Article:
“In the infamously quirky Victorian district of Old Louisville, where southern gentility, charm, and seedy lore drip from every lamppost like the smoothest of Kentucky bourbons, truth is indeed stranger than fiction! In the wicked, true crime vein of Midnight in the Garden of Good and Evil, David Dominé’s A Dark Room in Glitter Ball City conjures an atmosphere of murder and intrigue that is just too heinous and bizarre to be true. Yet it is! Every unbelievable chapter. My advice: Kick up your feet and treat yourself to this fantastic read. And oh, crush some ice and enjoy it with a mint julep or two.”
– James Markert, author of Midnight at the Tuscany Hotel
"A riveting, layered, and heartrending read that delves as deeply into the storied, curious—and at times scandalous—history of Louisville as it does the horrendous and tragic murder of Jamie Carroll. This expertly crafted and crisply written true-crime novel, part investigative report, and part memoir, had me reading late into the night, alternately biting my nails in anticipation of the next ominous turn, and eagerly awaiting the reentrance of quirky neighbors, eccentric friends, and shifty, clandestine acquaintances. And though much of this grim tale of murder centers around betrayal, intrigue, and mystery, all is not lost. Glimmers of hope still manage to spark off the page."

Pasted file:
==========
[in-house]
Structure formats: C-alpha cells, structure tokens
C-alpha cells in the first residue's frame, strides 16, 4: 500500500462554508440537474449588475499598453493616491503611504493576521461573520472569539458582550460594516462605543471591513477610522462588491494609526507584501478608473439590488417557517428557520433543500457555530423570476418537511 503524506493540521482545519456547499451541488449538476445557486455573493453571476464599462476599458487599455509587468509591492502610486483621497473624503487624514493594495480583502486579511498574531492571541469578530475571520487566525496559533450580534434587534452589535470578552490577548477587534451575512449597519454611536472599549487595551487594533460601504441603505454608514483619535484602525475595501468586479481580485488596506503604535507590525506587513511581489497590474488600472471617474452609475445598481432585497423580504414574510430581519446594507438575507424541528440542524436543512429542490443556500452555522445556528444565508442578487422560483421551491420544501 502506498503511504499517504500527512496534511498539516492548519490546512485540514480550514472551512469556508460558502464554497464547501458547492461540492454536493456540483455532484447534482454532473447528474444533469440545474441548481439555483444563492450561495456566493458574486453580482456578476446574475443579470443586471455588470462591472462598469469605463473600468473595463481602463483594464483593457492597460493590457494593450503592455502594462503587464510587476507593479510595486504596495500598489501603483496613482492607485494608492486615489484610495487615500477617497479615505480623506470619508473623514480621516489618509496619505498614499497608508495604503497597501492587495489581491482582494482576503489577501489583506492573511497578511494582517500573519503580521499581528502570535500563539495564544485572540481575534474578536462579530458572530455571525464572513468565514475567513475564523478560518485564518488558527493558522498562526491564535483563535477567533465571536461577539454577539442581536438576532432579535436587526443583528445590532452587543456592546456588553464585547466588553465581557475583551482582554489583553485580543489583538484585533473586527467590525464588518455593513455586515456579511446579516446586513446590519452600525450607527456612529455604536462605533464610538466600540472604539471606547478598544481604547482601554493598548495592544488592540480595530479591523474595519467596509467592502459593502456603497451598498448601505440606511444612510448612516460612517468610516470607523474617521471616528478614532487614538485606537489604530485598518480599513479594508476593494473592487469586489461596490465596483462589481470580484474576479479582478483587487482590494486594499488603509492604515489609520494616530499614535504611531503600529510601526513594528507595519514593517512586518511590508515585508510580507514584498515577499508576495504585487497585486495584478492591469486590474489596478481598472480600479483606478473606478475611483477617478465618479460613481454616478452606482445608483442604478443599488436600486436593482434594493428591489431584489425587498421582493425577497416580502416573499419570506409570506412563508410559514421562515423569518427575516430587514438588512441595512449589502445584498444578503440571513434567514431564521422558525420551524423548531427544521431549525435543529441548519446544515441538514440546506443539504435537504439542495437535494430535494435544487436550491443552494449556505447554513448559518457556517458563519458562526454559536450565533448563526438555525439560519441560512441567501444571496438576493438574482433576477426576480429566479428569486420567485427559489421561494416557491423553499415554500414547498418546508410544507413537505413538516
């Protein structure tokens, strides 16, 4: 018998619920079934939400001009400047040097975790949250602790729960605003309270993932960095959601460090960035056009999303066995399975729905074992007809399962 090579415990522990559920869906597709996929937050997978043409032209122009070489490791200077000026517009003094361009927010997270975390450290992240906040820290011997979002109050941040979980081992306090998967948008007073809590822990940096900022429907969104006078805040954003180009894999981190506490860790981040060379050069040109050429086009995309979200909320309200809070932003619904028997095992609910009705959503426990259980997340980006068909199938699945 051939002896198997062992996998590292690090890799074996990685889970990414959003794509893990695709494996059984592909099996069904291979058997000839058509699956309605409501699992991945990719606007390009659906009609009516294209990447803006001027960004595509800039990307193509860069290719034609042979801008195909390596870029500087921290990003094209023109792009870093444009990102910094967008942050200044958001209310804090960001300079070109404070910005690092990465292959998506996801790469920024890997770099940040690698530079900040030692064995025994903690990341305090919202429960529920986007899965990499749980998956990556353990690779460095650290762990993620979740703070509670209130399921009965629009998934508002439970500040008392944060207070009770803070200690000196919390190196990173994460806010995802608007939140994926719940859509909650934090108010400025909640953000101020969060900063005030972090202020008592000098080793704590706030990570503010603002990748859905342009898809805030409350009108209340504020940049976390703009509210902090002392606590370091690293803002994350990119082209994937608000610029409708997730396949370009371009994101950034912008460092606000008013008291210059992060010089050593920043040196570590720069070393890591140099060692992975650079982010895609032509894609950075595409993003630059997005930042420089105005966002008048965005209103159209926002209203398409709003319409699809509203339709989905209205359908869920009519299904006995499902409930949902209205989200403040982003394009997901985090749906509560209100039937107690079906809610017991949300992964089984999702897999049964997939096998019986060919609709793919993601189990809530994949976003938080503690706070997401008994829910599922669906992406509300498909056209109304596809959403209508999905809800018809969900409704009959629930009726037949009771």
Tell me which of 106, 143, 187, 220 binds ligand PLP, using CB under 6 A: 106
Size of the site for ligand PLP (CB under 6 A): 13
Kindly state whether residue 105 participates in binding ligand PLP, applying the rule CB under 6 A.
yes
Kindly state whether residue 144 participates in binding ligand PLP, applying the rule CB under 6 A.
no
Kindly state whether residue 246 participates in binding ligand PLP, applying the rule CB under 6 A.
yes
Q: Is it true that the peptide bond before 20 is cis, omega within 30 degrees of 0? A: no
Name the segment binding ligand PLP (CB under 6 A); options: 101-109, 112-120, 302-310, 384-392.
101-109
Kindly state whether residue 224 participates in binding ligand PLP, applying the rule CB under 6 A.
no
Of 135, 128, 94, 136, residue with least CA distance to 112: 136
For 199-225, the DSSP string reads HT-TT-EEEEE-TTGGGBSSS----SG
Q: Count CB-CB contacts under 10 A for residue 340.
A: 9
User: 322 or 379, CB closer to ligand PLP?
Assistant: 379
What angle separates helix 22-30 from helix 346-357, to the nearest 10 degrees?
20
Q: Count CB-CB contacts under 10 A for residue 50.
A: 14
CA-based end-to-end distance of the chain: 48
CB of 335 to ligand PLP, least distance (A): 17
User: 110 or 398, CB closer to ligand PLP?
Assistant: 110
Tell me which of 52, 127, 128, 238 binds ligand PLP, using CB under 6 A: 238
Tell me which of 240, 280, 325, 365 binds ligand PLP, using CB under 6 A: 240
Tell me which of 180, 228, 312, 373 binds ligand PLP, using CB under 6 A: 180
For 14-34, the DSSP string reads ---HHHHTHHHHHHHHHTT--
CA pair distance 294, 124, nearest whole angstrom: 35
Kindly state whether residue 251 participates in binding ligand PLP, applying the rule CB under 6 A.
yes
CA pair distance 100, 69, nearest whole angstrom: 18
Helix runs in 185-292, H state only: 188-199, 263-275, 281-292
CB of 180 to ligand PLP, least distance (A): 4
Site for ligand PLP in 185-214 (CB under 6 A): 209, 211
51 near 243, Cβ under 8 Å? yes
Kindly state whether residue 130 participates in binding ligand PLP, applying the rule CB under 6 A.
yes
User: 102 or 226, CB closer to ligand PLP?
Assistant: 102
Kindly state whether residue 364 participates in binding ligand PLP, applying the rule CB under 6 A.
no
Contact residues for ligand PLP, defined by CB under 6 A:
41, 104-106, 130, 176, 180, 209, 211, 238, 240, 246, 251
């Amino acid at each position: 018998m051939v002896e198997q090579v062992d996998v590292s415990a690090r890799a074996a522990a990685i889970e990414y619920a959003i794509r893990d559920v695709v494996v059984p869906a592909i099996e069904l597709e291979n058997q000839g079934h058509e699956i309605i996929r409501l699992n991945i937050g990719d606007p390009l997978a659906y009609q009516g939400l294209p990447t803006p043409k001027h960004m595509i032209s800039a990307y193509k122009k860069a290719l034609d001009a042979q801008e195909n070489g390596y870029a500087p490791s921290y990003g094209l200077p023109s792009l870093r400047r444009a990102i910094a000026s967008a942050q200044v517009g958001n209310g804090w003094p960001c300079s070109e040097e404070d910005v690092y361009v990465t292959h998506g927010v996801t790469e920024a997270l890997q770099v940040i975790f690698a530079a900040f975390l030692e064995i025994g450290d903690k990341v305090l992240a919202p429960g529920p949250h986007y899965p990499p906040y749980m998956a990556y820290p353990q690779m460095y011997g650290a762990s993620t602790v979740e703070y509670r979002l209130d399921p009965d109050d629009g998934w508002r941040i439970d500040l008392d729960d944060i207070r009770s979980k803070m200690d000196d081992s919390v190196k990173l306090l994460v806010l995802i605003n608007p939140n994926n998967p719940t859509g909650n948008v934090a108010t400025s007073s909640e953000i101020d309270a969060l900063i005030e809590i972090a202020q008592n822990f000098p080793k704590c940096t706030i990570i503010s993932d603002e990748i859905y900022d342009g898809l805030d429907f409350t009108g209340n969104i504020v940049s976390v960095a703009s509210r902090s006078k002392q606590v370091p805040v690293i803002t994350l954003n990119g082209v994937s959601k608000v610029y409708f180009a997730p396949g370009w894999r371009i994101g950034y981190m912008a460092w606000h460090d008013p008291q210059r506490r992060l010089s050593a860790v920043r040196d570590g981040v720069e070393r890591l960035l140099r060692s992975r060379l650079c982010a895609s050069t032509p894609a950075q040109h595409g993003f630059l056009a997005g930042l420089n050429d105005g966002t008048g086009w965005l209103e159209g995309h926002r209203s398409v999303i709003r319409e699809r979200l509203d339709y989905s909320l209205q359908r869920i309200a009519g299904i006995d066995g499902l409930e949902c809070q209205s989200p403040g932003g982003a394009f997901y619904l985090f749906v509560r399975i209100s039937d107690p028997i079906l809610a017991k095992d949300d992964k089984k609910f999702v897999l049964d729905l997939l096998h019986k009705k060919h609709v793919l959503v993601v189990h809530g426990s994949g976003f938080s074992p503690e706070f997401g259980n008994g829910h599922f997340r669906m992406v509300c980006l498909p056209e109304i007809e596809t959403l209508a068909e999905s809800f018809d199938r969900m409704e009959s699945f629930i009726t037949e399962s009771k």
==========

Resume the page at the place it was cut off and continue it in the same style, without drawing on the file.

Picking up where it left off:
– Kelly Creagh, author of The Nevermore Trilogy
“'Who knows what Evil lurks in the hearts of men?’ the Shadow used to ask over the radio. Well, in Louisville, David Dominé knows a lot. Not for the faint of heart, A Dark Room in Glitter Ball City explores unspeakable sexual torture and murder for the historic and contemporary horror that it is, without ever losing sight of the rights of non-violent, consenting adults to create their own happiness. Rich with details about Victorian architecture, splendid food, and traditional drink, Dominé's world spins between the poles of pleasant congeniality and murderous cruelty.”
– Sena Jeter Naslund, author of Ahab's Wife, Four Spirits, Adam & Eve, and The Fountain of St. James Court